But OK, maybe I’m all wet, assuming too much and unfairly pre-judging. But there’s also the problem of consistency across the board. After all, if providers can withhold their services based on religious conviction alone, aren’t we all endangered? I know many liberal Christians who believe, based on their religious convictions, that I’m reactionary, homophobic, prejudiced. Good grief, if such folks were caterers, florists or photographers when I married my wife back in 1987 they could easily, under this bill, have refused my business. Could I have gone down the street to get the same services from someone more likeminded? Probably. And yet —
What if current trends continue and the general public becomes convinced that the traditional view of sexuality is dangerous and exists in the same camp as racism? Is it so far fetched to assume many, if not most, service providers would consider serving religious conservatives like me to be akin to serving the KKK? Could they not then say, “We can’t offer services to religious bigots like Joe Dallas, based on our own deeply held religious viewpoints?” It seems to me that the very laws we’re considering to be protective of our beliefs could ironically become legislation empowering the majority to discriminate against Bible believing Christians. And while it’s true that “all who live godly in Christ Jesus will suffer persecution”(II timothy 3:12) do we really want to have a hand in needlessly making that persecution happen?
All of which leaves me, I hate to say, a little bewildered and not quite able to fully support or resist laws like SB 1062. I’m still wrestling with it, and still very open to the opinions of my fellow believers. Yes, the bill’s been vetoed, but no, that doesn’t make it a moot point. Other states will consider similar laws, calling us to thoughtfully, prayerfully consider where we land on the matter.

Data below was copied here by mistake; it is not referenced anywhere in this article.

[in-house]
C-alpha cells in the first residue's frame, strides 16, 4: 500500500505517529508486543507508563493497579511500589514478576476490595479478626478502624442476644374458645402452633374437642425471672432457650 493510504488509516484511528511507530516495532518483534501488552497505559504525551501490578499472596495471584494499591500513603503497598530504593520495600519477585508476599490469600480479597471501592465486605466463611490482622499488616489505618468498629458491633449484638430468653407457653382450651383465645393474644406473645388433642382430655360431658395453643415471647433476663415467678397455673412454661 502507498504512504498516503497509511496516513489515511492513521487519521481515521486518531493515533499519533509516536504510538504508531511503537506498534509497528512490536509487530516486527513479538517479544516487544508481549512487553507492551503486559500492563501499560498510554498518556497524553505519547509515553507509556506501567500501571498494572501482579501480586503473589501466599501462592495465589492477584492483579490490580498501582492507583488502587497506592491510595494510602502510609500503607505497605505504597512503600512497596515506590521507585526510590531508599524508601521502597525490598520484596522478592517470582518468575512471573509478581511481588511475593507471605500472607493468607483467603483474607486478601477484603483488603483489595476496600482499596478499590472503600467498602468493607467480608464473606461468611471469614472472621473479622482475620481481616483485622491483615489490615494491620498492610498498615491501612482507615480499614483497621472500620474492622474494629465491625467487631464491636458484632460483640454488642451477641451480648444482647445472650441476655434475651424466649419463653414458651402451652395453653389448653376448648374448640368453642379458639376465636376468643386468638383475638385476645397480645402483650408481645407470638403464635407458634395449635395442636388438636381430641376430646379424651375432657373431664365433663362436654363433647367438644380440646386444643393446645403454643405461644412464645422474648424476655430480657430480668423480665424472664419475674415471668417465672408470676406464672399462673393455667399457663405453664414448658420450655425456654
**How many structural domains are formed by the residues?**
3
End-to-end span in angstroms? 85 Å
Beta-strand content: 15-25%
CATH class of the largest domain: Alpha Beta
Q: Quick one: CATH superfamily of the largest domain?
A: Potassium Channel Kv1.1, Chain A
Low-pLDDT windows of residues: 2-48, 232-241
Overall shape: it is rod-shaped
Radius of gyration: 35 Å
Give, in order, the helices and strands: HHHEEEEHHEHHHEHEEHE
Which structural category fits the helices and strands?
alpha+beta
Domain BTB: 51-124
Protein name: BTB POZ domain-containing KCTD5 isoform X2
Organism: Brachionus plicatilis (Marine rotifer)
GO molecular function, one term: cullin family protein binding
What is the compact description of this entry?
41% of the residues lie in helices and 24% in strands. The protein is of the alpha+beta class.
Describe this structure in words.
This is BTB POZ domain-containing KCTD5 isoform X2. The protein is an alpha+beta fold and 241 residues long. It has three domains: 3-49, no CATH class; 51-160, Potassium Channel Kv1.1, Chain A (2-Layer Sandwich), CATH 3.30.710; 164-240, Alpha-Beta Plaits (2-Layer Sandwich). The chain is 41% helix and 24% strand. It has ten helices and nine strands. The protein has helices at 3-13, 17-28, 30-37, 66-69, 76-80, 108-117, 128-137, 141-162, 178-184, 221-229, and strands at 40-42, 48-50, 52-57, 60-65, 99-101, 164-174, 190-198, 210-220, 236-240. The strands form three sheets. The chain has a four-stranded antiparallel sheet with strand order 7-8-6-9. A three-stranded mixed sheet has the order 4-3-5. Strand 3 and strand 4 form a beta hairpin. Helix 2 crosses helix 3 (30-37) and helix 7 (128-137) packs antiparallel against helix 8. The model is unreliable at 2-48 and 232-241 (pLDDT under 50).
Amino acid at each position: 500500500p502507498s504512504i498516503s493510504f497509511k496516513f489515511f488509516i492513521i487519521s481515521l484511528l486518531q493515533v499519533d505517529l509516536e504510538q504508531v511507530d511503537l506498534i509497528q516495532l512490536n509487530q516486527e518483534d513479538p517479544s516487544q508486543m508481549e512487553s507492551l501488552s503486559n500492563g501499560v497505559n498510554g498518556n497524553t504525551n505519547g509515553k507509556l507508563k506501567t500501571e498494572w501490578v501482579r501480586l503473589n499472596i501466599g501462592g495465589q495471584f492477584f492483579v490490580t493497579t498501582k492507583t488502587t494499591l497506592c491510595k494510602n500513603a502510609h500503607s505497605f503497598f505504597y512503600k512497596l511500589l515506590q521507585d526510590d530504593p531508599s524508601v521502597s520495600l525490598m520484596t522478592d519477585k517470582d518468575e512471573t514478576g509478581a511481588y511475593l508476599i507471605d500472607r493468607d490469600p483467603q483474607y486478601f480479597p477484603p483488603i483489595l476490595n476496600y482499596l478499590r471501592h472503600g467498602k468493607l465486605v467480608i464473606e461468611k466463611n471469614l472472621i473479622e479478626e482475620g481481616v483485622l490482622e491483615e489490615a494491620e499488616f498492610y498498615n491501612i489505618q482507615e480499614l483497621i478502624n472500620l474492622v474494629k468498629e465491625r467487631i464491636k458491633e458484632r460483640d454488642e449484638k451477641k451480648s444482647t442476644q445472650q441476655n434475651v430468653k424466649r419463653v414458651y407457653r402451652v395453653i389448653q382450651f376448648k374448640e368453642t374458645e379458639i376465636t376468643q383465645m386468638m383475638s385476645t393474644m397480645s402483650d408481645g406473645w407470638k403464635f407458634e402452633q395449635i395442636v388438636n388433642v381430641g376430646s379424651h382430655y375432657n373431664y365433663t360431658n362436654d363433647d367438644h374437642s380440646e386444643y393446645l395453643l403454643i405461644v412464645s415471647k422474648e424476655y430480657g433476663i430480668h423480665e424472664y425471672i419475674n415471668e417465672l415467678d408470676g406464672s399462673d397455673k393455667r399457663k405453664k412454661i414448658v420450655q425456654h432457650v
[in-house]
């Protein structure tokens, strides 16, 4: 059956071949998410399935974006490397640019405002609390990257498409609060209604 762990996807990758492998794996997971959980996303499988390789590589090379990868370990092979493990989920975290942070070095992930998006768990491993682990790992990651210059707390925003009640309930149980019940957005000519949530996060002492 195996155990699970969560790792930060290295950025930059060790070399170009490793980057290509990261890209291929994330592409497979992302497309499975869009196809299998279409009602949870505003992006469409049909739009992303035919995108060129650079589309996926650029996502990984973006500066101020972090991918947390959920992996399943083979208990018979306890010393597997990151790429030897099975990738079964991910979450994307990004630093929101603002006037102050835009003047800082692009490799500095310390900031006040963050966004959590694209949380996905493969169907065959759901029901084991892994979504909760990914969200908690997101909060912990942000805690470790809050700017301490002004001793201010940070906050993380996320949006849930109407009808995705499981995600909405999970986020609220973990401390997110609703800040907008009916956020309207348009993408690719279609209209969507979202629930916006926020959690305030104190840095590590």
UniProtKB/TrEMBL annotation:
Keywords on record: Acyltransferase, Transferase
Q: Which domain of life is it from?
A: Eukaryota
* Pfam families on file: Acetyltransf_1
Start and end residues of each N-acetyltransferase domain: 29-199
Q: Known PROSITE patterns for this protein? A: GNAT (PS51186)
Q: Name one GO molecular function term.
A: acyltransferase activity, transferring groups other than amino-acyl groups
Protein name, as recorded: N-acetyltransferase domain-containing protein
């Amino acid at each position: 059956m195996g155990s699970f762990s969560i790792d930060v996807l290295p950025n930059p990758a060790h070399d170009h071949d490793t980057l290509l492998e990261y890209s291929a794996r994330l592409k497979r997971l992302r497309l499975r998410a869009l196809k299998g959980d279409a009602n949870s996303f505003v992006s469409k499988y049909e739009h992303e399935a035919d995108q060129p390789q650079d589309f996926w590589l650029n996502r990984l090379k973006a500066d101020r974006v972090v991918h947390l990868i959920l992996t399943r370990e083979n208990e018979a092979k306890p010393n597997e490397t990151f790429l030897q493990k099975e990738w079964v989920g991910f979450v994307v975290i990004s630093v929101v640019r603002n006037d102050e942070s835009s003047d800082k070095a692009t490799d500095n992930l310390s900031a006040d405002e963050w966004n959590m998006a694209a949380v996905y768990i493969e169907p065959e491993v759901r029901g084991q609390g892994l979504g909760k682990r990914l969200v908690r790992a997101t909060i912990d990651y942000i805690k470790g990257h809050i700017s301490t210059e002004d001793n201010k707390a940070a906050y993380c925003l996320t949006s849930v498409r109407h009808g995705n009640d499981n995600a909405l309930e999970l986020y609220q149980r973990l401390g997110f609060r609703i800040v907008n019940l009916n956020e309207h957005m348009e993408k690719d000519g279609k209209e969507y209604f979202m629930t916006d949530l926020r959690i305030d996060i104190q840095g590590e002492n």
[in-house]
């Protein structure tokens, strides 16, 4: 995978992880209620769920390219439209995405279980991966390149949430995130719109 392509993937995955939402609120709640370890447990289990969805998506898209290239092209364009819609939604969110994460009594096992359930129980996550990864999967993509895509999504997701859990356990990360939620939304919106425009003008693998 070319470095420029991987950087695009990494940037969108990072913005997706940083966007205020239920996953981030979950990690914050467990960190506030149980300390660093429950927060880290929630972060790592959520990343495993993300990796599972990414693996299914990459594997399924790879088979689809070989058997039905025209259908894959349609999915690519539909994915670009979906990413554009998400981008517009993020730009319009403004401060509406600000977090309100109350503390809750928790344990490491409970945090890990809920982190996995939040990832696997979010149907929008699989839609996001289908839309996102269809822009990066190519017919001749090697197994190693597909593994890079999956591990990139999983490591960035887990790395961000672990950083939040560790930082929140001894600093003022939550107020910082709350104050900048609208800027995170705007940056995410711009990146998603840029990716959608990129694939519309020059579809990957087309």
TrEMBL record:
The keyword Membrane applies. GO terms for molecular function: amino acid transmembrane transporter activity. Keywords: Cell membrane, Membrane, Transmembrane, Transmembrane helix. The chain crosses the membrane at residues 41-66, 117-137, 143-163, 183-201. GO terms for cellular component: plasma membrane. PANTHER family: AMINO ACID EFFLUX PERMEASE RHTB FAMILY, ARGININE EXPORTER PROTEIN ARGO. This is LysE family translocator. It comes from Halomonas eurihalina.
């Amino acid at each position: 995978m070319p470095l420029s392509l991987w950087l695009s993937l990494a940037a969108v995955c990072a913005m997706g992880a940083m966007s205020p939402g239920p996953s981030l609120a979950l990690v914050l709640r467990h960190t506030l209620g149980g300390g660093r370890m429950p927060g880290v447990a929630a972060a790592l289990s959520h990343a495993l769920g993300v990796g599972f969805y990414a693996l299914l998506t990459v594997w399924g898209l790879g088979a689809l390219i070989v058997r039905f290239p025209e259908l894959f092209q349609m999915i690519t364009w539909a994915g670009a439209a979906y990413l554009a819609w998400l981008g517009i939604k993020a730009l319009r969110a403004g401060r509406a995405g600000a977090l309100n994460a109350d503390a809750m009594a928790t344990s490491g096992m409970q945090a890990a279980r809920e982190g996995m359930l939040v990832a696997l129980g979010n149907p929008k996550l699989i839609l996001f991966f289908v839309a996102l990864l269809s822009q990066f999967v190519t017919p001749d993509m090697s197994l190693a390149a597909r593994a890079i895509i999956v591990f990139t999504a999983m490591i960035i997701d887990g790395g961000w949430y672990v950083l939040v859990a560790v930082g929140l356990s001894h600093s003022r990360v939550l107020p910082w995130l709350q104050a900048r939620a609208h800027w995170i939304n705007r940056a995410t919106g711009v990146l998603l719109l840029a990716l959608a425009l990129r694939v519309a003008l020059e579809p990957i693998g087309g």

But let’s not kid ourselves into thinking discrimination policies for business owners will be the end of the story. I’ve no doubt that the gay rights movement fully intends to pressure the Christian Church into either adopting a pro-homosexual viewpoint, or remaining silent on the issue altogether. Either through the revocation of tax exempt status for churches who don’t toe the politically correct line, or through lawsuits, or hate crime legislation, we will surely see Christian churches and organizations either cave to or resist the pressure to bow to Nebuchadnezzar’s idol or face the fire.
That’s when there’ll be no room for wrestling, no question about the rightness or wrongness involved, no place for indecision. Because when the Church chooses to preach what the world approves, rather than face the world’s wrath, then there’s no longer a discernible reason for Her existence. So God help us to be wise and discerning while asking ourselves which battles to fight, but to be unmovable when the answer is clear, compelling and non-negotiable.